LONDON -- The British government said Thursday that crude but viable package bombs sent to seven British army recruitment offices appear to be the work of Northern Ireland militants.
Prime Minister David Cameron's office said the suspicious packages contained "small, crude, but potentially viable devices bearing the hallmarks of Northern Ireland-related terrorism."
Cameron was briefed on the finds at a meeting of the government's crisis committee, known as COBRA.
His office said the devices "have now been safely dealt with by the police and bomb-disposal units."
Police said suspicious packages were found Thursday at army career offices in the towns of Oxford, Slough, Canterbury and Brighton, while similar packages were discovered earlier this week in Aldershot, Reading and Chatham.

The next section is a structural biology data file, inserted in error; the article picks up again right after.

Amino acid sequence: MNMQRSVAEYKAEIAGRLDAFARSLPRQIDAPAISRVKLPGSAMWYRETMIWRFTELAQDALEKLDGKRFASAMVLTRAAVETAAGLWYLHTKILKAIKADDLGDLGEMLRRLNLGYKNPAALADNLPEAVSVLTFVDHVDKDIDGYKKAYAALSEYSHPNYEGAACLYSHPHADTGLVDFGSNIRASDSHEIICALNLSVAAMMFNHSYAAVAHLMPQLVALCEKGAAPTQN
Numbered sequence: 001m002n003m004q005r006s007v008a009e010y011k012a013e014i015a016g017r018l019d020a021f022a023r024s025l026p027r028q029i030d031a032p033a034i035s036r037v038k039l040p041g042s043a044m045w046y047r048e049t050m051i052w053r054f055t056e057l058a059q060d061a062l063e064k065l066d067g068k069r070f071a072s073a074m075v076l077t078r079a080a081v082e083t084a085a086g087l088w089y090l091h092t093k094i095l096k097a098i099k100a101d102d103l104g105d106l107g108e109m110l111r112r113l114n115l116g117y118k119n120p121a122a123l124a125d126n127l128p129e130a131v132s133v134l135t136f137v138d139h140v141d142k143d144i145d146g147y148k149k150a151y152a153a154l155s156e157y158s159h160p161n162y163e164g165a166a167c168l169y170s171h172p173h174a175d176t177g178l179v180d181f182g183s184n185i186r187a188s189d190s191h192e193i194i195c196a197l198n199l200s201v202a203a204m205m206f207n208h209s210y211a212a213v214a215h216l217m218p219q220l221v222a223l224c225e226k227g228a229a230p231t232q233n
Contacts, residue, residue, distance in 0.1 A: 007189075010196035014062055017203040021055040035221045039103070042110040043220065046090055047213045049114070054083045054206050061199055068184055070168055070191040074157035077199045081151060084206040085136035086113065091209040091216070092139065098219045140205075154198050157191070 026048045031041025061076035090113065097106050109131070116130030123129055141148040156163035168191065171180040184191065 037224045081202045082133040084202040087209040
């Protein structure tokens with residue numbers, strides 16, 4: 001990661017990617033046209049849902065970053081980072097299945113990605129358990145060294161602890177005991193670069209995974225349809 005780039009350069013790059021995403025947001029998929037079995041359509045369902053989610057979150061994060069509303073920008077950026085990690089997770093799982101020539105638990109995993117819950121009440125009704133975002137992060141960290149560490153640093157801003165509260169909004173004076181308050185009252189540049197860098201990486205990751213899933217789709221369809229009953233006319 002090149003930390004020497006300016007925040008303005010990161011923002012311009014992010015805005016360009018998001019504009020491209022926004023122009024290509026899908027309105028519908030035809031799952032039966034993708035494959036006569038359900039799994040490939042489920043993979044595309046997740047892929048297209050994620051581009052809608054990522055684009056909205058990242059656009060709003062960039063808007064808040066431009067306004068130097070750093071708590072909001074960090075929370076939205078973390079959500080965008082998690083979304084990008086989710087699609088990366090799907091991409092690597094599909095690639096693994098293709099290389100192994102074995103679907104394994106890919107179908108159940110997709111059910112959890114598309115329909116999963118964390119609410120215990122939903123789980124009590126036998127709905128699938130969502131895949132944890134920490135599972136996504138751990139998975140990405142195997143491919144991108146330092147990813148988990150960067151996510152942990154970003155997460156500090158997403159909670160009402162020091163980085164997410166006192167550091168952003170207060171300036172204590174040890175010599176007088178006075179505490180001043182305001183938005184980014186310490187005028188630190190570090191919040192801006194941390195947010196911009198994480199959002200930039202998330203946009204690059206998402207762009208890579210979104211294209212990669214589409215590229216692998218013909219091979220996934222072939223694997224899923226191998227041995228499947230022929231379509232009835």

Police said the packages' contents were being sent for forensic examination.
"Even if the contents are determined to be a viable device they pose a very low-level threat and are unlikely to cause significant harm or damage," said Detective Superintendent Stan Gilmour of the Southeast Counterterrorism Unit.
Police said all military facilities and post offices had been told to be "extra vigilant."
Irish Republican Army dissidents opposed to the peace process have mounted gun and bomb attacks in Northern Ireland in recent years, killing two soldiers, two policemen and one prison officer since 2009. In October they were blamed for sending letter bombs to high-profile political and security figures in Northern Ireland.
But they have not attacked mainland Britain since 2001, when car bombs outside the BBC headquarters, a London nightspot and other buildings wounded several people.
Britain's threat level from international terrorism stands at "substantial," the middle rung on a five-point scale. The threat from Northern Ireland terrorism is one rung lower, at "moderate."
The prime minister's office said the threat level "remains under constant review."